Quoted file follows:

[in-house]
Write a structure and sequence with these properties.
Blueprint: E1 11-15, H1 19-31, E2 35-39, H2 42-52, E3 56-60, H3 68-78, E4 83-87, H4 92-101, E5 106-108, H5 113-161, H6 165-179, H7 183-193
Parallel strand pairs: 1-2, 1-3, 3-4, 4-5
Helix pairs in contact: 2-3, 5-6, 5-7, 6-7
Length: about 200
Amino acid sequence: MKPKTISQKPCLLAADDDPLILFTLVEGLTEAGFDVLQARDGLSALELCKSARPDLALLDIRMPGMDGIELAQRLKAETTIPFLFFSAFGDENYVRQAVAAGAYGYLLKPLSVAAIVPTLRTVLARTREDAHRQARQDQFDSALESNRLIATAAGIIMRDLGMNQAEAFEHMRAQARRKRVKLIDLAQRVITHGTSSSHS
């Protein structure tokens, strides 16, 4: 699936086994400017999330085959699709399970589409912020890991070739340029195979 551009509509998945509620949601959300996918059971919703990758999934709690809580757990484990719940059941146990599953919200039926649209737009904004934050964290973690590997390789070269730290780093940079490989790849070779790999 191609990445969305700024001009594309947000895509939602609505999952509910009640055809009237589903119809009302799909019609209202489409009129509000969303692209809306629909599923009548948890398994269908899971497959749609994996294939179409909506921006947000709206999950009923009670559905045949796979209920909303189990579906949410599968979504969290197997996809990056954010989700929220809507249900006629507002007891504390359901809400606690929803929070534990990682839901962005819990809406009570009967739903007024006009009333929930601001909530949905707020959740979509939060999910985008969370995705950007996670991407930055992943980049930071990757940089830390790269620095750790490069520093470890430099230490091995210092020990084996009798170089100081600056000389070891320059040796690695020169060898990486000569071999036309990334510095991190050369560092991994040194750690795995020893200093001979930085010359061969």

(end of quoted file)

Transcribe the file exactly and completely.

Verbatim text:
[in-house]
Write a structure and sequence with these properties.
Blueprint: E1 11-15, H1 19-31, E2 35-39, H2 42-52, E3 56-60, H3 68-78, E4 83-87, H4 92-101, E5 106-108, H5 113-161, H6 165-179, H7 183-193
Parallel strand pairs: 1-2, 1-3, 3-4, 4-5
Helix pairs in contact: 2-3, 5-6, 5-7, 6-7
Length: about 200
Amino acid sequence: MKPKTISQKPCLLAADDDPLILFTLVEGLTEAGFDVLQARDGLSALELCKSARPDLALLDIRMPGMDGIELAQRLKAETTIPFLFFSAFGDENYVRQAVAAGAYGYLLKPLSVAAIVPTLRTVLARTREDAHRQARQDQFDSALESNRLIATAAGIIMRDLGMNQAEAFEHMRAQARRKRVKLIDLAQRVITHGTSSSHS
């Protein structure tokens, strides 16, 4: 699936086994400017999330085959699709399970589409912020890991070739340029195979 551009509509998945509620949601959300996918059971919703990758999934709690809580757990484990719940059941146990599953919200039926649209737009904004934050964290973690590997390789070269730290780093940079490989790849070779790999 191609990445969305700024001009594309947000895509939602609505999952509910009640055809009237589903119809009302799909019609209202489409009129509000969303692209809306629909599923009548948890398994269908899971497959749609994996294939179409909506921006947000709206999950009923009670559905045949796979209920909303189990579906949410599968979504969290197997996809990056954010989700929220809507249900006629507002007891504390359901809400606690929803929070534990990682839901962005819990809406009570009967739903007024006009009333929930601001909530949905707020959740979509939060999910985008969370995705950007996670991407930055992943980049930071990757940089830390790269620095750790490069520093470890430099230490091995210092020990084996009798170089100081600056000389070891320059040796690695020169060898990486000569071999036309990334510095991190050369560092991994040194750690795995020893200093001979930085010359061969």